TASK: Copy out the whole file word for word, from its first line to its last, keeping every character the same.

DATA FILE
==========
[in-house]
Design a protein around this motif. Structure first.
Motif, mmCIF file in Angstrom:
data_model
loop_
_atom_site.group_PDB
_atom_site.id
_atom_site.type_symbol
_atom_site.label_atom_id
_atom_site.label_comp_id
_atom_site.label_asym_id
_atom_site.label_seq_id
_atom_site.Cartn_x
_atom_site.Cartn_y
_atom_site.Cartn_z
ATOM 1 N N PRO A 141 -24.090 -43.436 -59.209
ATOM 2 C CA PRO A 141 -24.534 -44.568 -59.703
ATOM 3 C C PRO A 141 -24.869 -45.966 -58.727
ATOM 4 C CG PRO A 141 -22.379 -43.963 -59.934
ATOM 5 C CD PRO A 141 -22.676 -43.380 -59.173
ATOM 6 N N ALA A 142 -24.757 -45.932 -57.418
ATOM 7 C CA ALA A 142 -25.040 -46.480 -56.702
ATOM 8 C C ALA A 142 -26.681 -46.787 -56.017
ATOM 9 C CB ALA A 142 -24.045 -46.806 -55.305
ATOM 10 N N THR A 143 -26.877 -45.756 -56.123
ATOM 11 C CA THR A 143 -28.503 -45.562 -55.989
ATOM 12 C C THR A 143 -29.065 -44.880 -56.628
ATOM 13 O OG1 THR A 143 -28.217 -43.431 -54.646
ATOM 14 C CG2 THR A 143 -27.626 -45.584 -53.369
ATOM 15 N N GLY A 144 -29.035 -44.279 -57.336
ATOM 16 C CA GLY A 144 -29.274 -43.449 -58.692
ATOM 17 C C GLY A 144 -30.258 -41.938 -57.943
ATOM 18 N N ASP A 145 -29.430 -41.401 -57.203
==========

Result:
[in-house]
Design a protein around this motif. Structure first.
Motif, mmCIF file in Angstrom:
data_model
loop_
_atom_site.group_PDB
_atom_site.id
_atom_site.type_symbol
_atom_site.label_atom_id
_atom_site.label_comp_id
_atom_site.label_asym_id
_atom_site.label_seq_id
_atom_site.Cartn_x
_atom_site.Cartn_y
_atom_site.Cartn_z
ATOM 1 N N PRO A 141 -24.090 -43.436 -59.209
ATOM 2 C CA PRO A 141 -24.534 -44.568 -59.703
ATOM 3 C C PRO A 141 -24.869 -45.966 -58.727
ATOM 4 C CG PRO A 141 -22.379 -43.963 -59.934
ATOM 5 C CD PRO A 141 -22.676 -43.380 -59.173
ATOM 6 N N ALA A 142 -24.757 -45.932 -57.418
ATOM 7 C CA ALA A 142 -25.040 -46.480 -56.702
ATOM 8 C C ALA A 142 -26.681 -46.787 -56.017
ATOM 9 C CB ALA A 142 -24.045 -46.806 -55.305
ATOM 10 N N THR A 143 -26.877 -45.756 -56.123
ATOM 11 C CA THR A 143 -28.503 -45.562 -55.989
ATOM 12 C C THR A 143 -29.065 -44.880 -56.628
ATOM 13 O OG1 THR A 143 -28.217 -43.431 -54.646
ATOM 14 C CG2 THR A 143 -27.626 -45.584 -53.369
ATOM 15 N N GLY A 144 -29.035 -44.279 -57.336
ATOM 16 C CA GLY A 144 -29.274 -43.449 -58.692
ATOM 17 C C GLY A 144 -30.258 -41.938 -57.943
ATOM 18 N N ASP A 145 -29.430 -41.401 -57.203